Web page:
Good Articles to Share

Goldman lifts forecast for rate hikes

Tan KW
Publish date: Fri, 23 Sep 2022, 10:38 AM

NEW YORK: Goldman Sachs Group Inc economists have raised their forecast for the Federal Reserve’s (Fed) pace of interest rate hikes after Wednesday’s increase and chairman Jerome Powell’s hawkish signal.

The United States lender now expects rate hikes of 75 basis points in November, 50 basis points in December and 25 basis points in February for a peak funds rate of 4.5% to 4.75% compared with 4% to 4.25% before, economists led by Jan Hatzius said in a research note.

The projections came hours after the Fed raised interest rates by 75 basis points for the third time in a row and forecast of a further 1.25 percentage points of tightening before year end.

That was more hawkish than expected by economists.

In addition, Fed officials cut growth projections, raised their unemployment outlook and repeatedly spoke of the painful slowdown that’s needed to curb price pressures running at the highest levels since the 1980s.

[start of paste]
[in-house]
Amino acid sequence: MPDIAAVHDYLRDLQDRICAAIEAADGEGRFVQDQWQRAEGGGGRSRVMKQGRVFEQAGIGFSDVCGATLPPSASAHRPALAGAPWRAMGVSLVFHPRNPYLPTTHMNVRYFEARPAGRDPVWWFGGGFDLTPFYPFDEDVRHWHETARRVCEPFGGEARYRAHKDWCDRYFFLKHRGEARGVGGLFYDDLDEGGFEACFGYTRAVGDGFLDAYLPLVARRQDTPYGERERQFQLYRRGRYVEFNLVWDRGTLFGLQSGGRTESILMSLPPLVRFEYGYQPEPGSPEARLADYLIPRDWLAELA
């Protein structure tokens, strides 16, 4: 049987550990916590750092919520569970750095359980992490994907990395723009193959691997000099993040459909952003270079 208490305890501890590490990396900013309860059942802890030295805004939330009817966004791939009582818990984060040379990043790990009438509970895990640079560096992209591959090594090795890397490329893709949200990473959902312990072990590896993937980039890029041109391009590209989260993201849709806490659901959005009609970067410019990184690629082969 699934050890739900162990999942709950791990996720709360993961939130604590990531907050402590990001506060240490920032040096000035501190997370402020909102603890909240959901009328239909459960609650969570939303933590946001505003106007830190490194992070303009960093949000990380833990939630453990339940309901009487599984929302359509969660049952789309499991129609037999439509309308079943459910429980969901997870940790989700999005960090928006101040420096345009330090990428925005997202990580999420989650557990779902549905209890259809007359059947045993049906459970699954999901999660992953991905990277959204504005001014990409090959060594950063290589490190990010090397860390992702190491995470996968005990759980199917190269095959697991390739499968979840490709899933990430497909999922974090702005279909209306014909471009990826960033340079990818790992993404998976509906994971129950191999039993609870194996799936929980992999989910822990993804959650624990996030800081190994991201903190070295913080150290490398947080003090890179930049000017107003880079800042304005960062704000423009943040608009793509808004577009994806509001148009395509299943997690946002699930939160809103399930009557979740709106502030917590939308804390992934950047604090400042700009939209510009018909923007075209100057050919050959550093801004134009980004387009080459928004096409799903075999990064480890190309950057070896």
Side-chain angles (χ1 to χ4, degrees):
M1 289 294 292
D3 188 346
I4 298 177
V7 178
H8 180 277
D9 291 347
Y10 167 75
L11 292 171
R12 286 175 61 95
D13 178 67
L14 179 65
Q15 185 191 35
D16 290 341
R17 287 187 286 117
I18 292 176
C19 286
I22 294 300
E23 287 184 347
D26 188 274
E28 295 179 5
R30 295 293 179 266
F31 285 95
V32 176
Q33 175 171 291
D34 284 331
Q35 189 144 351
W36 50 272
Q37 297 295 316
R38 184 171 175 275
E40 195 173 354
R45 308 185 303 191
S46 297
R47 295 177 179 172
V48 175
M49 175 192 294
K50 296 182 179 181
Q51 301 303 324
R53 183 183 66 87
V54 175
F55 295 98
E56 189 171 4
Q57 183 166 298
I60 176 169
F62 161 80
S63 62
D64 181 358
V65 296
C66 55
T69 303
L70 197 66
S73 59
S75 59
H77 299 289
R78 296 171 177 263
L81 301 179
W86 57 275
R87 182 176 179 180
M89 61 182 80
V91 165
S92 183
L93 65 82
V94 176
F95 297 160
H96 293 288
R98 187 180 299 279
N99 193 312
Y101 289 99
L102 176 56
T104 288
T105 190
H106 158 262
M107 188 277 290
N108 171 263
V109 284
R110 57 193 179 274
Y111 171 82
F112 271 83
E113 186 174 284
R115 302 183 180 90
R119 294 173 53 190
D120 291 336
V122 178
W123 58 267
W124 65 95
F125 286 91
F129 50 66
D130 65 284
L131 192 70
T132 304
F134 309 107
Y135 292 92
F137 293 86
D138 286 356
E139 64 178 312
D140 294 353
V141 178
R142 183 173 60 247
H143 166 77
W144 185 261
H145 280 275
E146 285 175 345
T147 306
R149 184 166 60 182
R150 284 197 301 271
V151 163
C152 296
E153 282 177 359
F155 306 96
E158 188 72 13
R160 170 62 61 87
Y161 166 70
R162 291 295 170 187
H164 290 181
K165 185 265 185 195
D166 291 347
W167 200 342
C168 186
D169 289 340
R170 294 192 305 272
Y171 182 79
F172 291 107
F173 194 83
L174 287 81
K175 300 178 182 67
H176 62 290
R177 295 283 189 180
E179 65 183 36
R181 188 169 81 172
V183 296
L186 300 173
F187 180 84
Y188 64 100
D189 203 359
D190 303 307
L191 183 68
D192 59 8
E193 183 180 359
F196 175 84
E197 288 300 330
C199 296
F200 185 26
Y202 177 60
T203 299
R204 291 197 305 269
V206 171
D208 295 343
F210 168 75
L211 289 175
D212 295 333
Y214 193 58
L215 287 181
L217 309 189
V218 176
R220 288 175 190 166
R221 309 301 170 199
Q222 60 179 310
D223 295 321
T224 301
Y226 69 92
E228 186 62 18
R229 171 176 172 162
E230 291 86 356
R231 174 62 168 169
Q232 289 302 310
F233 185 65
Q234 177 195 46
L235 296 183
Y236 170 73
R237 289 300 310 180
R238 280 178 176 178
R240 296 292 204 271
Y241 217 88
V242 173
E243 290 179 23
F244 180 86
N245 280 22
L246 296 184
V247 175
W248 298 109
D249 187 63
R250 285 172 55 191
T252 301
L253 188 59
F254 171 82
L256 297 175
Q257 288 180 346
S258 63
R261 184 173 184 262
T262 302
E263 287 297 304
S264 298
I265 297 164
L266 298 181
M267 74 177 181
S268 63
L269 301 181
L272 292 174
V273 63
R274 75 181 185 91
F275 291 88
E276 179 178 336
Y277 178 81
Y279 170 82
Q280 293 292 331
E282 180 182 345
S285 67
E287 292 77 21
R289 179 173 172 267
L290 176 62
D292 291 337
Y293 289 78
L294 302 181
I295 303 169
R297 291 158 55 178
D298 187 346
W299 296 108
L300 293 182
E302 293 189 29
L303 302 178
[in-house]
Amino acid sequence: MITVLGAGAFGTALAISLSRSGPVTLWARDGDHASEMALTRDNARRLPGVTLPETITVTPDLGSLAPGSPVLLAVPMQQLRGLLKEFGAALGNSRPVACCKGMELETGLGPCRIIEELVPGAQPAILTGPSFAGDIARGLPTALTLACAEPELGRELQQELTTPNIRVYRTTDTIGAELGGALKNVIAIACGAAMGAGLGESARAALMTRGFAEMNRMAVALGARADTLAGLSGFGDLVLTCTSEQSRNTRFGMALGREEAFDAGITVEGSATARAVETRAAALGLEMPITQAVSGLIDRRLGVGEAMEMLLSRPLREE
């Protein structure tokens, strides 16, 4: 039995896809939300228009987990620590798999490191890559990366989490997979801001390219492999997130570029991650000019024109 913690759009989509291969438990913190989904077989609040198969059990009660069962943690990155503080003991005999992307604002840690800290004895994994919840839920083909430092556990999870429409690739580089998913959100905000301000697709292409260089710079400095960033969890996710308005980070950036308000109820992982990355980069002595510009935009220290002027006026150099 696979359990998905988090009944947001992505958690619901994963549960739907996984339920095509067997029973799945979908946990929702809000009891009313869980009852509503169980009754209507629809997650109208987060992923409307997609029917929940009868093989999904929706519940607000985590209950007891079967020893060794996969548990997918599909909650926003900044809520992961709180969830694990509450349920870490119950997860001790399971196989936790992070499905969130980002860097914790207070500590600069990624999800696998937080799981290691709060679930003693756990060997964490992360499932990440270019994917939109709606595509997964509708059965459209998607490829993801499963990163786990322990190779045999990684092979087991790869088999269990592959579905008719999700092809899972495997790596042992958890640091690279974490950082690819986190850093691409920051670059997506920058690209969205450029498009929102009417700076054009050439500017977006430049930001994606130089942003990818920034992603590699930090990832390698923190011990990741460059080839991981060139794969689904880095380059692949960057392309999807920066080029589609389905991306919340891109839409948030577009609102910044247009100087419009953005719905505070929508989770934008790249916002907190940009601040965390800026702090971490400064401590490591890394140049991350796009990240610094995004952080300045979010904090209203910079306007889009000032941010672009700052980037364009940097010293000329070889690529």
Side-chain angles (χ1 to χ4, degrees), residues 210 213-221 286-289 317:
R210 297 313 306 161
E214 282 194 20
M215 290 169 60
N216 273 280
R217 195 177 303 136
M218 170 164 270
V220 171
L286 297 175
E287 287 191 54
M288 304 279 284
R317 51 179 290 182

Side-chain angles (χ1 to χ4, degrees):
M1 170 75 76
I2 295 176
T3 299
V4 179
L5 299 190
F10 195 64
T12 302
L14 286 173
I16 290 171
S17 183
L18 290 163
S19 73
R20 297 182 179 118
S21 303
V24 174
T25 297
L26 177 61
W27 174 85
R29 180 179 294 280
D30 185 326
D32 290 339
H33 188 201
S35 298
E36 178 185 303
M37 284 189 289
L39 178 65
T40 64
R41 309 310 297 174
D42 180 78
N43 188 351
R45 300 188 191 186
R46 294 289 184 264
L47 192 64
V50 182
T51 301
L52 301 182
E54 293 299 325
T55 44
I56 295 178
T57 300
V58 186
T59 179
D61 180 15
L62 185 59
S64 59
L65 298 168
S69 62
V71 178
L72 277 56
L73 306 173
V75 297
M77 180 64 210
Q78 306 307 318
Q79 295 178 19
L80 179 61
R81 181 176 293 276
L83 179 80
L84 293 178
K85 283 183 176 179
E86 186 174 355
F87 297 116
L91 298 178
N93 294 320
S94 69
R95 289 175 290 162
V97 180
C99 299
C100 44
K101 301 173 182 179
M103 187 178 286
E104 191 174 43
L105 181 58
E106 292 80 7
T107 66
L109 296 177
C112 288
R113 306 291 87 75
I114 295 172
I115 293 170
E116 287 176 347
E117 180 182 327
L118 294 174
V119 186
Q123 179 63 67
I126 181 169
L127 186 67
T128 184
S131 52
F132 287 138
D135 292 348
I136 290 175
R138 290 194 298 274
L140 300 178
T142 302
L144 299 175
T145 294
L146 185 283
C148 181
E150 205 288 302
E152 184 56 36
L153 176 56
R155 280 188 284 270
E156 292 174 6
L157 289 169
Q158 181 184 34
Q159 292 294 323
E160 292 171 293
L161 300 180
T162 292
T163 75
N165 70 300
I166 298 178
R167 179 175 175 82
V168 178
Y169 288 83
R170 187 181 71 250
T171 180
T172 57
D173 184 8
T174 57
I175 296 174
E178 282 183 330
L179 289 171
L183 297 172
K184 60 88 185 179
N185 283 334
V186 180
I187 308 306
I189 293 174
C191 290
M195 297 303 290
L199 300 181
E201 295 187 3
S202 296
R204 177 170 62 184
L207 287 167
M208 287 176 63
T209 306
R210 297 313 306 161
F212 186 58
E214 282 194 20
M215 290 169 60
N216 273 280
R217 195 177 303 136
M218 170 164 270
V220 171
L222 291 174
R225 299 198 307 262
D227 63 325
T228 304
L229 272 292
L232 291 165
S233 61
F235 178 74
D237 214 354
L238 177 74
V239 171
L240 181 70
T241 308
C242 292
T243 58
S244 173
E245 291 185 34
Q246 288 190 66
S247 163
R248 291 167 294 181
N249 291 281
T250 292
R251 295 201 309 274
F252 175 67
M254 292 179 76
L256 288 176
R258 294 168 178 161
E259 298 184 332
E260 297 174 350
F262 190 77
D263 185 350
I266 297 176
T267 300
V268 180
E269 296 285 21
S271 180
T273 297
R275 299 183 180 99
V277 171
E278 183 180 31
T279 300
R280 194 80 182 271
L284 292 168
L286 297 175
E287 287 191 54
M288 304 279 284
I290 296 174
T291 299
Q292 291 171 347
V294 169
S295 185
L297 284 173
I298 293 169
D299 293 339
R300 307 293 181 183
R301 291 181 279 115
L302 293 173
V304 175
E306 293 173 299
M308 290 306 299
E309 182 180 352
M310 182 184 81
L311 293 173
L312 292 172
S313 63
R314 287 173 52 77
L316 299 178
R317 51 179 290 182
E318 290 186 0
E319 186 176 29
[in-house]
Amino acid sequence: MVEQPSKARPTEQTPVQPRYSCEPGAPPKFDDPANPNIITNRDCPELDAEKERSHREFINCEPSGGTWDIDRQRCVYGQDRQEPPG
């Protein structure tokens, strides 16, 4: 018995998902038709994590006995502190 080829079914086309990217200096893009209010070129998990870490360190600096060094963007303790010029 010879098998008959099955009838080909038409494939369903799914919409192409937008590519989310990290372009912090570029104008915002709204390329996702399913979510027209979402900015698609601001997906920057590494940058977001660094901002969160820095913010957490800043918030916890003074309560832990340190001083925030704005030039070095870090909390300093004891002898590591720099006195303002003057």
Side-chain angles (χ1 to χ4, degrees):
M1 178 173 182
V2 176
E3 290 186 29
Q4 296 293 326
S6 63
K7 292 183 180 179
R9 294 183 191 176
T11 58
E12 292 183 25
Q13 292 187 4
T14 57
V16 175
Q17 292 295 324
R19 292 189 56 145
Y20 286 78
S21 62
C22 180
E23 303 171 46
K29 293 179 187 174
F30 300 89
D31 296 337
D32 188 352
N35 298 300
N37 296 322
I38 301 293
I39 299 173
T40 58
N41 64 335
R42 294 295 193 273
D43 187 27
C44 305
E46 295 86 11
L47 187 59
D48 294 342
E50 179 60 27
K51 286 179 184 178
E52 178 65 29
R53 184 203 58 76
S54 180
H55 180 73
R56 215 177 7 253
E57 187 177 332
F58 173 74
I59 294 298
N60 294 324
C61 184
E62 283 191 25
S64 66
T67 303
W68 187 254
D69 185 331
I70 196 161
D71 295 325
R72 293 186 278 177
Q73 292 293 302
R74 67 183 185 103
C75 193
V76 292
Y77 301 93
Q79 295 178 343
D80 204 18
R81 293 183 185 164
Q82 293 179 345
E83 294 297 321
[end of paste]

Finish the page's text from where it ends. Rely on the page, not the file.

Goldman said the main factors that will drive the path for the funds rate in 2023 include how quickly growth, hiring and inflation will slow.

“While there are risks in both directions, we see more risk that a higher peak rate will be needed to reverse overheating than that the Fed will stop earlier.

“Much will also depend on the willingness of the Fed to slow or stop tightening even while inflation is still uncomfortably high.

“While the goalposts shifted today, this appeared to be a one-time adjustment as participants raised their estimate of the short-run nominal neutral rate to reflect the high inflation environment,” according to the Goldman note.Analysts at Barclays Plc also raised their projections for Fed rate hikes and now expect another 150 basis points on top of Wednesday’s 75 basis points, with the target range peaking at 4.5% to 4.75% in the first quarter of next year.

“We revise our call for the funds rate to a 75 basis points hike in November (versus 50 basis points prior), followed by a 50 basis points increase in December (versus 25 basis points prior),” the Barclays economists wrote in a note.

 - Bloomberg

Be the first to like this. Showing 0 of 0 comments

Post a Comment